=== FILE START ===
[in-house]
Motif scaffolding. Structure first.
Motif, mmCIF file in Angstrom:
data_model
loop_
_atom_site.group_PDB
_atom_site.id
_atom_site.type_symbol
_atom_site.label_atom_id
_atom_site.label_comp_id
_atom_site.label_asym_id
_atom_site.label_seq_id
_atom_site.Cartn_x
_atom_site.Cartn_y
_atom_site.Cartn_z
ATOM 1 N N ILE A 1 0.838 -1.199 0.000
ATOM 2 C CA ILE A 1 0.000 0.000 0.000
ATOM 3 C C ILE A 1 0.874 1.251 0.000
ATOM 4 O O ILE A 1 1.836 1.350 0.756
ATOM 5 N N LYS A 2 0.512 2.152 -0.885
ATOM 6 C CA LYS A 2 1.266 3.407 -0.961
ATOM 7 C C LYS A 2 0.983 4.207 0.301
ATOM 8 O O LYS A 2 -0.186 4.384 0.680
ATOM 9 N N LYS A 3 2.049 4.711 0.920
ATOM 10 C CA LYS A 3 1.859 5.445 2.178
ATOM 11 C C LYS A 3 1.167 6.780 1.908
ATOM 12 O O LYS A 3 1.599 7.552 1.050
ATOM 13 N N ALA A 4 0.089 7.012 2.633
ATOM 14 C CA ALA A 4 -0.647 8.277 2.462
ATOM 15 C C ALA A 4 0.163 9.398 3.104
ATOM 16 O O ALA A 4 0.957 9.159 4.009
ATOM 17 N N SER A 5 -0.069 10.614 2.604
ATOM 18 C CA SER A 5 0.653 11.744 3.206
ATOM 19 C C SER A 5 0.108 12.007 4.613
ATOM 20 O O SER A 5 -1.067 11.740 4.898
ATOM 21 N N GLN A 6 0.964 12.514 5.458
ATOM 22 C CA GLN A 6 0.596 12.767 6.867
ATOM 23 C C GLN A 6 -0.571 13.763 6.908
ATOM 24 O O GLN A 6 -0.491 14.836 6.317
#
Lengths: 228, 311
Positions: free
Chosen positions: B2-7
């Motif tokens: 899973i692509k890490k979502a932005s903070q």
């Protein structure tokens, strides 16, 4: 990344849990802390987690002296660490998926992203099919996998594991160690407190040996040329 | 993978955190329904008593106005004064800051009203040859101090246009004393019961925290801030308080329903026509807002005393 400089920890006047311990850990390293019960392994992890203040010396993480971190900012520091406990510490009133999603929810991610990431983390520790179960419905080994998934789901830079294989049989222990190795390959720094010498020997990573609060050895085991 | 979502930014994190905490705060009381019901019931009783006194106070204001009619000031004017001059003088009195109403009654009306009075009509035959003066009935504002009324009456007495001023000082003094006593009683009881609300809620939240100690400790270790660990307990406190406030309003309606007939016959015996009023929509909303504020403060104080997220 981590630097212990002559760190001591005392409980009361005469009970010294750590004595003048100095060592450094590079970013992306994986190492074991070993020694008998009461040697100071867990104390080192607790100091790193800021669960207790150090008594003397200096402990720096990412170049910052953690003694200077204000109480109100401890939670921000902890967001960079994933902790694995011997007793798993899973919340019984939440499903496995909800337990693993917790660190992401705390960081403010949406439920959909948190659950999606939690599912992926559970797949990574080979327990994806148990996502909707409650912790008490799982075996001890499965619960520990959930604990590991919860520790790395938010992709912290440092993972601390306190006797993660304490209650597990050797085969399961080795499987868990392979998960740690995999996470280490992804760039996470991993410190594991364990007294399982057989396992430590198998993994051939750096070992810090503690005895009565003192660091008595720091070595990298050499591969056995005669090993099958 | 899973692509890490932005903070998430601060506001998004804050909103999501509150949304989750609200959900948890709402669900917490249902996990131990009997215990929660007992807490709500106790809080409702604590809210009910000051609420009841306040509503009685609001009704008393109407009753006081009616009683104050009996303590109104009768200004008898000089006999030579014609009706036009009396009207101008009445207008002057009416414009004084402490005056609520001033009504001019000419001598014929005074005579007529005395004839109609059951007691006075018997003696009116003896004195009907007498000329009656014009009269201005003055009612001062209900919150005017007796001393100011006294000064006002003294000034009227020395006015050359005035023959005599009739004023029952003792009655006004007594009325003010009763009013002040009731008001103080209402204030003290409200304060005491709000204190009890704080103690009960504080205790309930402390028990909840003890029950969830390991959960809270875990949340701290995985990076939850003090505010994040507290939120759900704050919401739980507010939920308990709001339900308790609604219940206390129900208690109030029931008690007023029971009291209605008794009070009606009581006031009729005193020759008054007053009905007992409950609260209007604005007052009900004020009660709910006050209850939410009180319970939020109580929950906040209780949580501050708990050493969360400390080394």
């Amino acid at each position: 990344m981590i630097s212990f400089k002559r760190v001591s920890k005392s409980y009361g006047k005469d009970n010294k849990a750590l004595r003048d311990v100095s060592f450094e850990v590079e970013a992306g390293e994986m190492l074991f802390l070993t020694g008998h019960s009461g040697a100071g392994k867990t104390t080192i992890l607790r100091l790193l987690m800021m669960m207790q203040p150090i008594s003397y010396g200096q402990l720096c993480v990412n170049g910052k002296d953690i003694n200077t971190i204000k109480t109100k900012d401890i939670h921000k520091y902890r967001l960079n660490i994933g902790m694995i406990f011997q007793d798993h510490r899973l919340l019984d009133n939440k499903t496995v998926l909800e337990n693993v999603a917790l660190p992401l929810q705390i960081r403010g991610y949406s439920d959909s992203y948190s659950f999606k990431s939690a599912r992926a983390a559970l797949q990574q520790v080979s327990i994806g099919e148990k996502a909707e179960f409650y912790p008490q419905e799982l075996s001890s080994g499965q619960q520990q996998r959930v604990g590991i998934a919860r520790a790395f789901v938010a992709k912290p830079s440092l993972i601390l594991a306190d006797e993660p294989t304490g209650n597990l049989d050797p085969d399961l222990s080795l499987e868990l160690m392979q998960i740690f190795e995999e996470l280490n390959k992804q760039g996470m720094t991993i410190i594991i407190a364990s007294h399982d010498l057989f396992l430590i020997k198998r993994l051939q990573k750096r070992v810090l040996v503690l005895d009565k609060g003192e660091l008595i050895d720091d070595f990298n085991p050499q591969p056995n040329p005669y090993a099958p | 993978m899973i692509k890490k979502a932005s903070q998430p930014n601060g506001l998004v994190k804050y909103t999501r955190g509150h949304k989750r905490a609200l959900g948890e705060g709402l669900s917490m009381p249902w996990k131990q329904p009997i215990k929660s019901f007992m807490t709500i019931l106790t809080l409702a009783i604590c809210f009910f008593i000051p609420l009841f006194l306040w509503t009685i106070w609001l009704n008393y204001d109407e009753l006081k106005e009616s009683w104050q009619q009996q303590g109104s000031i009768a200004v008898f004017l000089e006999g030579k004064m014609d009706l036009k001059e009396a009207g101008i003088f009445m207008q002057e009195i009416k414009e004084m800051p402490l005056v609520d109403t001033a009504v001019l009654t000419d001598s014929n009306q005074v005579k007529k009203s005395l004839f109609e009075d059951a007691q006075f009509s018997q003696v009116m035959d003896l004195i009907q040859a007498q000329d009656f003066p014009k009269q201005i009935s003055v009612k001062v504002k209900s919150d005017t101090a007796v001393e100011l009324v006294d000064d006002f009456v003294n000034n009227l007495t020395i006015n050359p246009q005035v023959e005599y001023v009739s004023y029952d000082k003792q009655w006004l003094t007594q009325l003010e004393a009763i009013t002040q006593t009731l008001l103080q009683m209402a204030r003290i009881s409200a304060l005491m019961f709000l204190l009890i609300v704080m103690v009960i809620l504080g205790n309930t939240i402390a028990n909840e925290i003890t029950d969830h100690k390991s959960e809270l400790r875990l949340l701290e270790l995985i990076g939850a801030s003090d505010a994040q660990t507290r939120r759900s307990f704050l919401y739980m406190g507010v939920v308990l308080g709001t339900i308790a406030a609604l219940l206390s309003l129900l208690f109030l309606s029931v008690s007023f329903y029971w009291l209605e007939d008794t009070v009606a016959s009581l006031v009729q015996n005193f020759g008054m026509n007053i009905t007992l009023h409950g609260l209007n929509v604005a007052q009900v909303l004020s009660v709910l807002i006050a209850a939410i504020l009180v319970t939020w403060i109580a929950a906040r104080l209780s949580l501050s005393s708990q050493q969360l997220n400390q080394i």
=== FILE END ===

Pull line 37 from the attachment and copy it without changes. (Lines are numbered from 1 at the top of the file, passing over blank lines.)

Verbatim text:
ATOM 22 C CA GLN A 6 0.596 12.767 6.867